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Four Steps to an Encore Career As an Expat Business Owner

photo by William Friar

William Friar

Whether due to a need to supplement their retirement income or simply due to the same restless spirit that led them to move overseas in the first place, more and more expats are choosing to use their time abroad as an opportunity to begin an encore career in the tropics.

It’s a great way to experience new things and make friends in your new home.  It’s also the ideal way to let your expat life pay for itself. 

The idea of launching a new career in a foreign country or starting an expat business might seem daunting to some.  However, with these help of these tips, the entrepreneurial expat is sure to find the right enterprise to suit his or her city and situation.

expat career

Rita Willaert

Step One: Do Your Homework.

Before you choose a business, or even a city to start it in, it’s best to find out everything you can about the area and its requirements.  You’ll want to research local labor laws and employment practices.  Find out what permits and licenses you’ll need.

Embassies and chambers of commerce can be helpful for this.  They can also help you get referrals for credible attorneys, accountants, and other business contacts.  Find out about your tax liability, if applicable, and your options for structuring your business.

Explore your visa options and make sure you won’t have any trouble finding an immigration path that will allow you to work or do business.

Step Two: Learn the Local Culture.

Doing all your research from afar is great. But there’s no substitute for actually getting your boots on the ground in your destination city so you can pick up on some of the more subtle nuances of the culture.

Talk to other business owners.  Talk to local working people.  Find out how difficult it is to find reliable employees and how high the turnover rate is.  You’ll need to know where to find good employees and what is the best way to go about recruiting them.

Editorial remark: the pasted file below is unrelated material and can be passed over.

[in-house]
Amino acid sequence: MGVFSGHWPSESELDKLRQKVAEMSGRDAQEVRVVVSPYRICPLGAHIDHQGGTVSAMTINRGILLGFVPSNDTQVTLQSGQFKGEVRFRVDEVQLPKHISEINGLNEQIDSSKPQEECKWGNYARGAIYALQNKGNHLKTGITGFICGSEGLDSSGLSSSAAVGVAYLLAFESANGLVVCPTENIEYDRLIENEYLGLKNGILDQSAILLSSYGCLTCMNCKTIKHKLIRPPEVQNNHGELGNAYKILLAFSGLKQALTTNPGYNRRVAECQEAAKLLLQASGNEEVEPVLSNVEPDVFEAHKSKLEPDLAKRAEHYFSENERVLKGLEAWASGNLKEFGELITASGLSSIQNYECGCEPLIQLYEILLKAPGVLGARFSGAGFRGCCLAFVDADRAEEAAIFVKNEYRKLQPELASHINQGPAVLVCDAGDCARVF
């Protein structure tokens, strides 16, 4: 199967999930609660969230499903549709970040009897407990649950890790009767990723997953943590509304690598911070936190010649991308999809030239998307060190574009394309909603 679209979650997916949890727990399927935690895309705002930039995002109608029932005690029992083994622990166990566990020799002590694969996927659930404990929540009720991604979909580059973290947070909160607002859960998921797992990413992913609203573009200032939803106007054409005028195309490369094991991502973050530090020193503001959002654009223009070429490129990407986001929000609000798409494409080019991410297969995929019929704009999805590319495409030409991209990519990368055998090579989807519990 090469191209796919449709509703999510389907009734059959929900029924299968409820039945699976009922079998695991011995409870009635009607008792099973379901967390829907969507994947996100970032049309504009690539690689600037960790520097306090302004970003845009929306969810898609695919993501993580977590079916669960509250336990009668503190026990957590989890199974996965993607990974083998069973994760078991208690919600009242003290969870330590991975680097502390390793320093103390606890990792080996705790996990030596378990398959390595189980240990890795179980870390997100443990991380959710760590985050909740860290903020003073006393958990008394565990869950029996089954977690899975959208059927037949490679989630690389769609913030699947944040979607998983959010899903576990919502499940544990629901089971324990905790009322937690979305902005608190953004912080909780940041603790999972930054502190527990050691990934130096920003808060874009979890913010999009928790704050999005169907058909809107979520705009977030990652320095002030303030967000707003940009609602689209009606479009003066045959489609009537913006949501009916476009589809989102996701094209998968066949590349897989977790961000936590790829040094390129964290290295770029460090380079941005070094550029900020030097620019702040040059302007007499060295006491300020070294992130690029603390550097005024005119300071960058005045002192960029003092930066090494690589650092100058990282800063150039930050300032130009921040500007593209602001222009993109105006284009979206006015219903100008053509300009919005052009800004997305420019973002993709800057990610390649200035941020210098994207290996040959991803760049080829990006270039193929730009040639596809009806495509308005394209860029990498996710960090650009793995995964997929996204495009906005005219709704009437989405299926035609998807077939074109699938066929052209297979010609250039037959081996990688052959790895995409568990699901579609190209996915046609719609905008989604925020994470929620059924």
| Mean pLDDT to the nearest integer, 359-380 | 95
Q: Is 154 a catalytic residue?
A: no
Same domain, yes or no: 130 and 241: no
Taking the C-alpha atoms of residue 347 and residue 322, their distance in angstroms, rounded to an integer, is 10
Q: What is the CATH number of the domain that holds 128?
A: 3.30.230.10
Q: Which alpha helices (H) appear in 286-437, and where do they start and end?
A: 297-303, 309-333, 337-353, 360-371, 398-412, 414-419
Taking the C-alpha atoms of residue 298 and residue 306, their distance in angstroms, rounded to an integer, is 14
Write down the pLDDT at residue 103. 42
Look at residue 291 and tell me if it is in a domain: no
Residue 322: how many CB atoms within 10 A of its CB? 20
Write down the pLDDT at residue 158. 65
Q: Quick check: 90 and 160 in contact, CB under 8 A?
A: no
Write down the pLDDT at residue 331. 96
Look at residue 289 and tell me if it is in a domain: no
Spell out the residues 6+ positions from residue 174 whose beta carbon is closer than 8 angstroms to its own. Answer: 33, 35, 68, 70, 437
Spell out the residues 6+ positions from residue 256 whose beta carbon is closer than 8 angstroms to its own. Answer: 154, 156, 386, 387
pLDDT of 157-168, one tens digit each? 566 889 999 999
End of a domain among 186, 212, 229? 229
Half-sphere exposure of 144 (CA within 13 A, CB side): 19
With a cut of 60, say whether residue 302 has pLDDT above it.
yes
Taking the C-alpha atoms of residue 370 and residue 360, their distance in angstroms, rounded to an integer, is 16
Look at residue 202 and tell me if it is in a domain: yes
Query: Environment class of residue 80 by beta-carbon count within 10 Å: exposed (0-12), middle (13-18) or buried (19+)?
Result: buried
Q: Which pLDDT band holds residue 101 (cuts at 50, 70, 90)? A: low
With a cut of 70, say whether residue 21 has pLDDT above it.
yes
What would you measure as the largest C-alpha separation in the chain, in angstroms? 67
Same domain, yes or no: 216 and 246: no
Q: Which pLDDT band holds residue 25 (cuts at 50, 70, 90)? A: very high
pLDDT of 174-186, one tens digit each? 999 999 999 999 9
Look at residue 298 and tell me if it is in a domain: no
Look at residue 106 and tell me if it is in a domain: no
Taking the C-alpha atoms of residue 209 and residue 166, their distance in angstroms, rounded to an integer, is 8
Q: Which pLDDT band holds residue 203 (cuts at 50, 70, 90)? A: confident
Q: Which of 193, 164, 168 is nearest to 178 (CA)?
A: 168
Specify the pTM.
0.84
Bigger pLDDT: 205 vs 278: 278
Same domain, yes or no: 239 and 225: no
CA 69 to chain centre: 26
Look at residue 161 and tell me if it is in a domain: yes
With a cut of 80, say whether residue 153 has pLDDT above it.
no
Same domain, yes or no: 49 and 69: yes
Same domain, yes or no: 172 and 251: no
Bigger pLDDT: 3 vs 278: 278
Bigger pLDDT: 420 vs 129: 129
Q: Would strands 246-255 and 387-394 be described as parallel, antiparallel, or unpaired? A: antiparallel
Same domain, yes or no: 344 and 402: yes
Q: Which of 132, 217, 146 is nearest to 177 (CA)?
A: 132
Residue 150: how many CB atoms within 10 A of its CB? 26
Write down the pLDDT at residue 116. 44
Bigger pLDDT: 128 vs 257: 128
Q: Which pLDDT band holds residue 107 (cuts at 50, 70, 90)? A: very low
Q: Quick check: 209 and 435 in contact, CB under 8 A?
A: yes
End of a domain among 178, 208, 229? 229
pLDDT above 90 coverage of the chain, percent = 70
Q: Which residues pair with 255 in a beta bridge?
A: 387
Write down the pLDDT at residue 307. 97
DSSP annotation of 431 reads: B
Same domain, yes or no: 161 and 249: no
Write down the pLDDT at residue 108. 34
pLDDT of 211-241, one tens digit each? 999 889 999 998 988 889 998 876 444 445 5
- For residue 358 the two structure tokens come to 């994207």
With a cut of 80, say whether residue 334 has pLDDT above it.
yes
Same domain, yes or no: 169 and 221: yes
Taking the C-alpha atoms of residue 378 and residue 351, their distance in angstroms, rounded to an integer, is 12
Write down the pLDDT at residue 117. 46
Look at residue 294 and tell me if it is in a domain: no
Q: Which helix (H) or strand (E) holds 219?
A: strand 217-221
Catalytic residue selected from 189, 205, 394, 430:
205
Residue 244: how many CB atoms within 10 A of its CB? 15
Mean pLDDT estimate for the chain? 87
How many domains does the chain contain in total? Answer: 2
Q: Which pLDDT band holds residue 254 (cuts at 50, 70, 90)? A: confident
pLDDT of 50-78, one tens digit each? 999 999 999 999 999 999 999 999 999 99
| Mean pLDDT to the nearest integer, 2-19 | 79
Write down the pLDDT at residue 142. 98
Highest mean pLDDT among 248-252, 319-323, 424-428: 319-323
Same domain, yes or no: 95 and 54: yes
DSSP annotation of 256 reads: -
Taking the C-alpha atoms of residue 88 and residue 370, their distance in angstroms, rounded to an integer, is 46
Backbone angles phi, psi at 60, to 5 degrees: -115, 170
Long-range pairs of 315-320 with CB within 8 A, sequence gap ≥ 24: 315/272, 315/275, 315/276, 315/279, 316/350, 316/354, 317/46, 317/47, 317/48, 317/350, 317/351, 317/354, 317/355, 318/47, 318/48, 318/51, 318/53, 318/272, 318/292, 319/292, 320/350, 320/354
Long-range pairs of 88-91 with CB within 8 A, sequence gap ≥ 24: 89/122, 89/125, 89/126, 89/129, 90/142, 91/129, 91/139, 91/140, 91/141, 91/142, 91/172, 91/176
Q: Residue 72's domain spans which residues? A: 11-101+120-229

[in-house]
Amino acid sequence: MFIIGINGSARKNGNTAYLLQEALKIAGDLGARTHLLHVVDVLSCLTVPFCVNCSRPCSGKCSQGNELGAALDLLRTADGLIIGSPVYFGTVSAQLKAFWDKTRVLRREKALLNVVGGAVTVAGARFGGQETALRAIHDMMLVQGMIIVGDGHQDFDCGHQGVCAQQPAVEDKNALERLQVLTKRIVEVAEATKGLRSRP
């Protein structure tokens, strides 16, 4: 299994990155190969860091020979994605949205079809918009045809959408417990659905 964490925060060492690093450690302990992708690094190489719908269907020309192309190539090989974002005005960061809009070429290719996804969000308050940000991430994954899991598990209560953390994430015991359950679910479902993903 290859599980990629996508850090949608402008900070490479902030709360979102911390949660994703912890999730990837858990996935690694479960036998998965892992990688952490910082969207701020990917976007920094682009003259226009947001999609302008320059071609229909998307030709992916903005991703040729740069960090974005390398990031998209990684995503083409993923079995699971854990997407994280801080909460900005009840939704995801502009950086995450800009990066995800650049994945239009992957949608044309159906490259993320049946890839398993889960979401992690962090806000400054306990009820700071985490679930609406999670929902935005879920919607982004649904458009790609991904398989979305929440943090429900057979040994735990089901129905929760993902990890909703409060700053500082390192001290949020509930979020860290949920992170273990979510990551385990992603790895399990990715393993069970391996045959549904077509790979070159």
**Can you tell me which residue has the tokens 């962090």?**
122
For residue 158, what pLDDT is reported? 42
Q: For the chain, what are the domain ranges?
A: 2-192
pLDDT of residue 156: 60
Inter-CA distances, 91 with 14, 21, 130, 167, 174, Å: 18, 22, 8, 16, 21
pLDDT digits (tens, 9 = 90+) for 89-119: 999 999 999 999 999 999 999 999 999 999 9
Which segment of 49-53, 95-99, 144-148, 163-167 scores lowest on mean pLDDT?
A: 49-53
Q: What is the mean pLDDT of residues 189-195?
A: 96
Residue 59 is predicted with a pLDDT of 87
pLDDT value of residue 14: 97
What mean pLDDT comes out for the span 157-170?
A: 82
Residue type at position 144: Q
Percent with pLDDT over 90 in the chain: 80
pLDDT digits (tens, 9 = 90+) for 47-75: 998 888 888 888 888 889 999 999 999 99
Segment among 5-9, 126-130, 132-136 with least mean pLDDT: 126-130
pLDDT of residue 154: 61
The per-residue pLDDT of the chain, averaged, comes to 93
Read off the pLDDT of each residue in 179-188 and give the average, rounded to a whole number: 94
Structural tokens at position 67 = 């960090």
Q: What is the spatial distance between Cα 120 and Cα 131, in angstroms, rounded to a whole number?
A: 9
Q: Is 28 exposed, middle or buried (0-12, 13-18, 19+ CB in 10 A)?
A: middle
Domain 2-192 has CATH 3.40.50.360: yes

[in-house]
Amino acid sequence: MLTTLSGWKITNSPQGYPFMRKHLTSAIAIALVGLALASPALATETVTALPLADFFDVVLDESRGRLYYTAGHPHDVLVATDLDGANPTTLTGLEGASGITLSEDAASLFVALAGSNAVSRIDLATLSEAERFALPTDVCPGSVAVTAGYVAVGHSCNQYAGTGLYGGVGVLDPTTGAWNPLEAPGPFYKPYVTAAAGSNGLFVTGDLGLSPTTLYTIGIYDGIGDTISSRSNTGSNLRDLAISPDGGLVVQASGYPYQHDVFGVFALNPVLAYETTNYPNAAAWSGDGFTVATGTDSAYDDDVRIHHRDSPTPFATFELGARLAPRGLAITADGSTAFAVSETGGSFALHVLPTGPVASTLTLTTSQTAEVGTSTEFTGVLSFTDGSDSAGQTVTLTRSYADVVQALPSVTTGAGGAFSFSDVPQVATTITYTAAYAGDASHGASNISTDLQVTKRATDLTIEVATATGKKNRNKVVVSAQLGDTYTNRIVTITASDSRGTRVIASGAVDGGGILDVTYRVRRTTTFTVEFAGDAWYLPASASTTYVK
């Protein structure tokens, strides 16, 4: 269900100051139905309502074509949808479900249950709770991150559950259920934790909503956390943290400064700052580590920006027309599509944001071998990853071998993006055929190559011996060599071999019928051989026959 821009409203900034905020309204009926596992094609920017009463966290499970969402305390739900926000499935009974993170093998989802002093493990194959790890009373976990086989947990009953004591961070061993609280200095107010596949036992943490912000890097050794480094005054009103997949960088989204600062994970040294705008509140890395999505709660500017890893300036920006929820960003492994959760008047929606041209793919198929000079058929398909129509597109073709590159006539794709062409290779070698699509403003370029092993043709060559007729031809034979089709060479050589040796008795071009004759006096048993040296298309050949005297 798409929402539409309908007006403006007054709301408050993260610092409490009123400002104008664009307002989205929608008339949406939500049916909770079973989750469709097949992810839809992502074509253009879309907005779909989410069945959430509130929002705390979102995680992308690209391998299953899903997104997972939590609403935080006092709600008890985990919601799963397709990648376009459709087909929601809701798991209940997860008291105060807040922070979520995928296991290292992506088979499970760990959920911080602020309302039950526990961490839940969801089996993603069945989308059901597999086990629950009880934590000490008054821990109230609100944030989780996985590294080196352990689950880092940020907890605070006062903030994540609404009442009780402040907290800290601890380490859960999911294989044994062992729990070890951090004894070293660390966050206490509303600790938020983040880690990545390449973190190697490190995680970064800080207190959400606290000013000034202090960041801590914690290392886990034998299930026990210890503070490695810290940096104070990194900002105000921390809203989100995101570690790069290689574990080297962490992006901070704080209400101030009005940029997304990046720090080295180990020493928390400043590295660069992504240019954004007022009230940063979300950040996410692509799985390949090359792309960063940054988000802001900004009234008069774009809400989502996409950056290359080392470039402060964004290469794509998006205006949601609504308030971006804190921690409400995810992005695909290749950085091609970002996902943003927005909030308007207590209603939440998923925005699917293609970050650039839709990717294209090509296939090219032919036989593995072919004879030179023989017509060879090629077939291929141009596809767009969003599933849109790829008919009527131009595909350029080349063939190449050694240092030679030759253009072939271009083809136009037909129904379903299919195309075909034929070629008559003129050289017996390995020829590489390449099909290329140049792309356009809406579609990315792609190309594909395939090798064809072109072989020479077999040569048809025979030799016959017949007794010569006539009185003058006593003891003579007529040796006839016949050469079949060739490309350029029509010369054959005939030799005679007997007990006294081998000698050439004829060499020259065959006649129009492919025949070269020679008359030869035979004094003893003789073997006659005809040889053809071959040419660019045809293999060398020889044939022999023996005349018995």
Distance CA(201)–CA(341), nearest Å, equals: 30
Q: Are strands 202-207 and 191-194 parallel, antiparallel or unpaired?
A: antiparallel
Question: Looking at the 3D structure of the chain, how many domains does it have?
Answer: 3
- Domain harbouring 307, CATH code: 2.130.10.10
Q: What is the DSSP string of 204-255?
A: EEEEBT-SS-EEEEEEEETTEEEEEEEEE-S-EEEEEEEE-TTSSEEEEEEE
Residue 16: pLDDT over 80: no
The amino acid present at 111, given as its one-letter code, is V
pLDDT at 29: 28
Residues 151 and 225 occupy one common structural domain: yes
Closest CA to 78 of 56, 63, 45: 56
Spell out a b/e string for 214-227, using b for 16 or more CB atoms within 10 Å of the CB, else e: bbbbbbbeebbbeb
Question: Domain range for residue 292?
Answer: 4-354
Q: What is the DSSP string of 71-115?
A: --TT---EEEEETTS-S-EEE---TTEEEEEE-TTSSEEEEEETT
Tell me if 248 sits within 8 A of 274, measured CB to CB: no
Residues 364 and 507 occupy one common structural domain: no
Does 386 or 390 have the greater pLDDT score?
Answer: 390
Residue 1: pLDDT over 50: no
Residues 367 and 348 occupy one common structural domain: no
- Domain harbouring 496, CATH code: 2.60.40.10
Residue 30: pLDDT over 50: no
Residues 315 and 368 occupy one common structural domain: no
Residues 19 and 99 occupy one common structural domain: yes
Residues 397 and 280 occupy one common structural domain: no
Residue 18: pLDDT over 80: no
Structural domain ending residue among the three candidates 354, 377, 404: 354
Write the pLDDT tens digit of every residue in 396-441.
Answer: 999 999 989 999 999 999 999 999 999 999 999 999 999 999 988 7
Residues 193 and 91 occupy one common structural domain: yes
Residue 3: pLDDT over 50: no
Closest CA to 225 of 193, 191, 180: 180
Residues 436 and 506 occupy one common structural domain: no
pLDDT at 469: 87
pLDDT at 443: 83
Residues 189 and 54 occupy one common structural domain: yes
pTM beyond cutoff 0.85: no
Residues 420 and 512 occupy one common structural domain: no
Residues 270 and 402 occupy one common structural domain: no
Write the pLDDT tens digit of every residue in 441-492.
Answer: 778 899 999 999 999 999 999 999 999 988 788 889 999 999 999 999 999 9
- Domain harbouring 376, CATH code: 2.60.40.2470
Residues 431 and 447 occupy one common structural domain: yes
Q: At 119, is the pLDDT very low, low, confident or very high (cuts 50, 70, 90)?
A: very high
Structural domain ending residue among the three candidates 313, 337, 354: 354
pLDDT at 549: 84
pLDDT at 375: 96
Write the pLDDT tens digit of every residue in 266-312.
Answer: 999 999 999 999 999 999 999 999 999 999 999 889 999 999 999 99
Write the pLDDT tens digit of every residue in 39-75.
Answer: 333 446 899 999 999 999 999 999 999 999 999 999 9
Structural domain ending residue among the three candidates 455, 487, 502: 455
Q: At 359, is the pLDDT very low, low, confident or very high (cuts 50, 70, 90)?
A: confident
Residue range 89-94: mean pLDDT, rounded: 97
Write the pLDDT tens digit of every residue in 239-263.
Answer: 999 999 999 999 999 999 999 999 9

You’ll also need to know what makes your employees tick.  What’s important to them and what incentives will help them work to the height of their ability? What’s their idea of a satisfactory work-life balance, and how big of a commitment can you expect from them?

Even if you won’t be hiring help, it’s still important to get to know the ins and outs of the area where you’re moving.  If you’ll be shipping (or receiving) products, you’ll want to know the cost and timeliness of deliveries.  If working online, it’s important to consider how reliable the internet service is.

photo by William Friar

photo by William Friar

Step Three:  Choose Your Venture.

You’d think this would be the first step, but oftentimes it isn’t.  While some expats may know from day one that they want to open a surf school, others may prefer to be a little more strategic and make their choice of business contingent on the location they choose.

In other words, when starting a business or career as an expat, you have two options.  You can either search for the best place to start the particular business you’ve always dreamed of launching.  Or you can open the type of business you think might be successful in the one place you’ve always dreamed of living. 

Here are some common paths expats take:

  • Resume your same field overseas.  There are many fields that transition easily from North to Central America.  Retired medical professionals open small practices in their new city.  The same goes for financial advisors and other professional services.  Teachers can easily find jobs at international schools.  Many workers even find they can continue their same jobs working remotely from overseas.
  • Open a franchise.  By opening a branch of an already established business, you can save a lot of time and headache.  Chain businesses often have a proven business model, marketing strategies, and plenty of support to help you get started.
  • Start an online business or website.  Because of the low startup costs, Internet-based businesses are a great option for expats.  Examples include consulting services, blogs, and other professional services.
  • Fill a niche.  Because the Latin tropics are still developing, most areas have a number of specialty product and services that aren’t available but that might be welcomed by other expats as well as the local population.  You could open a wine shop, a yoga studio, or a restaurant serving up a specific cuisine the area lacks.
expat career

Delwin Steven Campbell

Step Four:  Take Advice from Other Expats

When becoming an expat business-owner, there’s no better resource than other expats who have already paved the way.  There’s much you can learn from their mistakes and successes.  They can refer you to trusted attorneys and other professionals, advise you on business options that might not be viable, and fill you in on a number of invaluable tips and tricks.

Owning a business overseas can be rewarding on many levels.  But it’s not a venture to be entered into lightly.  Doing your due diligence and seeking sound advice from folks who know can help ensure that your expat life is as profitable as it is pleasurable.

Further Info

Viva Tropical founder Josh Linnes recently interviewed Patrick Vlaskovits, author of the New York Times best selling business book, The Lean Entrepreneur. They discussed this very topic and gave several great tips. Click here to learn how to start your own profitable business in paradise.

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